Engage with your local following and fan base
When you’re attending local venues to DJ in, make sure you somehow engage with them.
Some DJs even get email addresses or involved in people’s Facebook pages / groups and the club’s Facebook page. This can be applied to any social media not just Facebook, you get what I mean.
Networking and being social with the people at each of your DJ gigs is going to be valuable to you in the long term. People will start to recognise you and become your acquaintance resulting in a bigger following and therefore more likely your local DJ gigs will be packed out.
The aim of this of course is to make sure the people you’ve engaged with and like you as a DJ then support you as a DJ later down the line when you’re DJing at festivals. Even building up a name as a DJ can have a dramatic knock on effect of even attending an event or festival.
PR through working with magazines & publications
Gaining interviews or some sort of write up with a well respected industry magazine would be a great shout and move. This might sound unrealistic to you right now but after some experience and building up of online DJing content then why not give it try by contacting these sorts of magazines.
The amount of exposure you can get via a magazine or DJ publication such as Mixmag or DJ Mag would pay dividends in the future for sure.
A lot of new and upcoming DJs seem to be popping up in their magazine releases, website or YouTube.
DJing live in their DJ HQ’s is usually something that you’ll see regularly on their YouTube channels, which is another accolade to support your efforts towards securing a festival DJ set. You’ll certainly gain some level of respect through DJing live on at a DJ magazine website / YouTube channel.
Music production (That one banger!)
Linked to your PR and fan base, being able to have a one hit or a few hits under your belt will certainly put you in good stead for showing that you’ve got something about you.
Again this is to do with your DJ brand and having recognition by a very sizeable chunk of people who like to party and attend festivals. A festival organiser is more likely to book you if you’ve got a one hit, potentially the organiser even knows you for that particular song you’ve created.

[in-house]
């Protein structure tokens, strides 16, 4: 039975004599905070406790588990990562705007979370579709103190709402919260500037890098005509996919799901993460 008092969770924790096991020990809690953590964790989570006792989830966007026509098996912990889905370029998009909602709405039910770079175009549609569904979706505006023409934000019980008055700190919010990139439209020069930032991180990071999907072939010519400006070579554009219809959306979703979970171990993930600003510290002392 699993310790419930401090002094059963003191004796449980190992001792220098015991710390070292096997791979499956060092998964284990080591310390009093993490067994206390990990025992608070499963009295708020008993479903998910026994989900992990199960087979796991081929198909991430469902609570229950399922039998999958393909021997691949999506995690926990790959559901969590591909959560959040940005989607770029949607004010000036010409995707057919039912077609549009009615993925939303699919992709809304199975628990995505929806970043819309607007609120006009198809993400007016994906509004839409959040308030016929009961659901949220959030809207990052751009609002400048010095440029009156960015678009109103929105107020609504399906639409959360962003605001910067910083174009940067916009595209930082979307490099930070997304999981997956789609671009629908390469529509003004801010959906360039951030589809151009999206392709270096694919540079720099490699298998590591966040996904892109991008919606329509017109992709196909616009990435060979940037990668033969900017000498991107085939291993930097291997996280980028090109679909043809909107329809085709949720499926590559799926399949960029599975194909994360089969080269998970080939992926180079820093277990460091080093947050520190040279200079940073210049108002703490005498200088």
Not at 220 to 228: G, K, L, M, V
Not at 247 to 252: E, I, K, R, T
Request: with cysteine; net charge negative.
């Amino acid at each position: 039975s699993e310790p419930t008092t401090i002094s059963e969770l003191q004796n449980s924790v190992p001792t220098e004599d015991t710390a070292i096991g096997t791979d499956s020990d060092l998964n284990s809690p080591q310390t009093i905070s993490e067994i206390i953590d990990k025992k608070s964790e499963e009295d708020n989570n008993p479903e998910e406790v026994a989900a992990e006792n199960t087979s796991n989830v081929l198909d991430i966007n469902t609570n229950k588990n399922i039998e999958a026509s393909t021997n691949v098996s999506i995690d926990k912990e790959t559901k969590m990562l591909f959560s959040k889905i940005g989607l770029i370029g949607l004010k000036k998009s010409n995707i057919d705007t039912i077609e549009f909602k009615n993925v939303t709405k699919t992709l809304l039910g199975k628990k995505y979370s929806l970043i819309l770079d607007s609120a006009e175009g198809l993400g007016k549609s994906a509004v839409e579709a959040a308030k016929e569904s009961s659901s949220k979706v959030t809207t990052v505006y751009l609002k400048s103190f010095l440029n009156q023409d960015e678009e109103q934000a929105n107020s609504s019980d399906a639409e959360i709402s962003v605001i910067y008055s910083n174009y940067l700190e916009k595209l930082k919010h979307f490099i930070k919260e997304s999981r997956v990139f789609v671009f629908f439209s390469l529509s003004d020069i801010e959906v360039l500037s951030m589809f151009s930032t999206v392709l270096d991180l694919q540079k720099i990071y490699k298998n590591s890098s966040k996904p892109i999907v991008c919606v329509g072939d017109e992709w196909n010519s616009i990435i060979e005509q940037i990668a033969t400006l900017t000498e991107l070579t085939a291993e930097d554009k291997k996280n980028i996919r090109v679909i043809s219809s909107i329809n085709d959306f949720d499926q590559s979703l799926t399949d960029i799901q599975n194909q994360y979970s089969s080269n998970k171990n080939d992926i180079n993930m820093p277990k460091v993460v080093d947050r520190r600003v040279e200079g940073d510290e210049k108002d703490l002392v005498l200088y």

So if you have the patience and the passion, why not start producing music, it’s another aspect to your content, PR and marketing strategy to help you get towards DJing at festivals.
2. Researching Festivals for you as a DJ
As mentioned above, read the DJ Marketing Planner I’ve put together, it will massively help you with the goal and direction of your DJing, and help with this section too.
Your sound as a DJ
Before starting research for various festivals, make sure that you’re clear about the sound and style of music that you play.
I know it may sound a strange thing to say, but I think it’s important to make sure you’re on track to finding the right festivals for the genre of music that you play.
Create a list of festivals you want to DJ
Depending on where you live, the country and local area, you can start by searching close by and work your way out from there. That’s one school of thought.
The other idea is to check out online and search for “top festivals in London” which can be interchanged.
The other idea is to check out festivals of similar DJs or record labels that you follow close to the music scene that you’re in as a DJ.
Make sure you build up a list of these festivals, even if on a Google Sheet or Trello, take note of their preferred methods of contact if available, contact details and any other relevant details.
That’s all I’d advise at this point, just focus on building up contacts, or multiple contacts per festival that you’re short listing for.
3. Landing DJ Gigs
Networking and Schmoozing
A lot of people talk about networking and how important it its. Well it really is important.
The challenge that you have is that there are so few slots for DJs to play compared to the amount DJs that actually want to play at the festival in question.
You need to put yourself out there and make connections with certain people that will be the key to getting you DJ gigs at festivals.
Getting access to the areas backstage, where non-festival goers (customers) are, will allow you get in contact with all the industry people. This is where your golden opportunity sits and then you can networking like mad to build up some contacts to DJ this time round or at least in the future.
Find out what they might need from you to eventually DJ, to allow for a win win situation. How do they benefit and so do you.
This perspective of course is the perspective of a DJ that’s gaining experience still. Just wanted to be clear with you here, it’s likely that it will be harder for new DJs with not a lot of experience. Especially DJs that don’t have a team supporting them, e.g. manager, marketing, music production etc.
The DJs that are playing at the bigger festivals have achieved this by experience and success. By that I mean it was only going to happen sooner or later based on their progression and level in their careers.
Experience does provide a lot of leverage and especially if you have a team of music industry professionals working for you helps to gain contacts that would of taken you a long time otherwise.
Approach independent tents at festivals (sub-promoters)
So the way that you can change your perspective on things is to see a festival as a hierarchy.
- At the top level of the hierarchy you have the festival owners/managers/organisers etc. The people with the power.
- The second level down there are sometimes tents run by record labels, radio stations, brands and nightclub events, AKA sub-promoters. The people with the influence.